The new key tools include:

Learn more about the Esri / Autodesk integration vision. Learn more about ArcGIS Pro enhancements.

Dubai Digital Submission Prototype
Prototype BIM submission project integrating ArcGIS and BIM 360 created for Dubai by Esri and MG

Location Supercharged Business Applications with SAP + Esri

A new QuickStart program got underway last month to let GIS teams experience Esri’s native support for SAP HANA. Deploying ArcGIS Enterprise with SAP HANA, SAP’s flagship multi-model in-memory database, allows GIS and IT teams simultaneously to reduce data silos and data management tasks and to enable ArcGIS applications with real-time business data. QuickStart participants were given free, virtual access to a cloud hosted environment to experience the combo for themselves.

This deployment allows technical teams and business leaders to re-imagine how location context can streamline workflows that involve SAP Business applications. With transactional business data and location data combined, teams can quickly launch focused analytical, visualization, and operational applications from both platforms to meet their specific use cases. Leveraging configurable, no-code web applications or custom built with Esri’s JavaScript API, teams can answer questions faster and make better decisions. Find out more about Esri + SAP HANA, and explore the QuickStart webinars and guides.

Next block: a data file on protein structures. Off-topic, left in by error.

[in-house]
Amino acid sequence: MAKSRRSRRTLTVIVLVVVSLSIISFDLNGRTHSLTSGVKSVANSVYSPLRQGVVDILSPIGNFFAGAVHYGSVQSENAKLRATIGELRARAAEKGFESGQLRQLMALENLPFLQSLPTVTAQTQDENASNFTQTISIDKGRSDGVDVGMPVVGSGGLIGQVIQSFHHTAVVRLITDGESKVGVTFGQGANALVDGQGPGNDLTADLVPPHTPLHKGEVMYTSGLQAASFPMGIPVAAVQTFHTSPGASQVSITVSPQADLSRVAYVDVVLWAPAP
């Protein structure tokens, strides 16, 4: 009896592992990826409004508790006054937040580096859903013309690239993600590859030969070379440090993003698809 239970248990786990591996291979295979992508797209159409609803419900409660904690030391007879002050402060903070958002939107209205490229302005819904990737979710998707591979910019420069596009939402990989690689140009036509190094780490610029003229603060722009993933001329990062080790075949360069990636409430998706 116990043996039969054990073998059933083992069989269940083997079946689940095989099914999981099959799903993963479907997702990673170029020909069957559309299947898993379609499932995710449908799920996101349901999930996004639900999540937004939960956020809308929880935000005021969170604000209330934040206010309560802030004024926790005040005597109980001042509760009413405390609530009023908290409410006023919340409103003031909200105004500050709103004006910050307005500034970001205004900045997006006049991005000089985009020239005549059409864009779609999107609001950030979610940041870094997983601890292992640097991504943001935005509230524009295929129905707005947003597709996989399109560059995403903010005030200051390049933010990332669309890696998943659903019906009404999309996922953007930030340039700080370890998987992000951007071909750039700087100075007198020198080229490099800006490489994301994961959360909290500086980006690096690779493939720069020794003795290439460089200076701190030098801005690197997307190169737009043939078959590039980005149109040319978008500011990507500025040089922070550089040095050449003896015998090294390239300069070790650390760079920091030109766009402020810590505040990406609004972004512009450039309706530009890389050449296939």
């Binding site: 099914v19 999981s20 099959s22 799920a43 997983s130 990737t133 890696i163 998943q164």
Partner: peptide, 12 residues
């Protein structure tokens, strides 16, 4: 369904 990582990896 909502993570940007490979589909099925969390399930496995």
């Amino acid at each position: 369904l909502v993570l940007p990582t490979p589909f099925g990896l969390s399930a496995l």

Overview of SAP and Esri deployment benefits
The SAP HANA + ArcGIS Enterprise deployment allows technical teams and business leaders to re-imagine how location context can streamline workflows that involve SAP Business applications.

Migrate Enterprise Data Connections

Different enterprise integrations may be needed at multiple levels – database, services or identity. For data tier integrations, ArcGIS Enterprise now allows easier migration of existing data connections. Many professional GIS users may start a new project working from an ArcGIS desktop application and a standalone ArcGIS Server, where they register connections to any of the existing supported database and cloud store connection types. When migrating to an ArcGIS Enterprise deployment, with version 10.8, now users can more easily create data store connection items from those previously registered databases and folders in ArcGIS Servers. This greatly speeds up the process of integrating enterprise data connections across your organization from ad hoc implementations to a truly enterprise approach. To learn more, see the first item of What’s New in ArcGIS Enterprise 10.8 Data and Publishing.

Trigger user-based integrations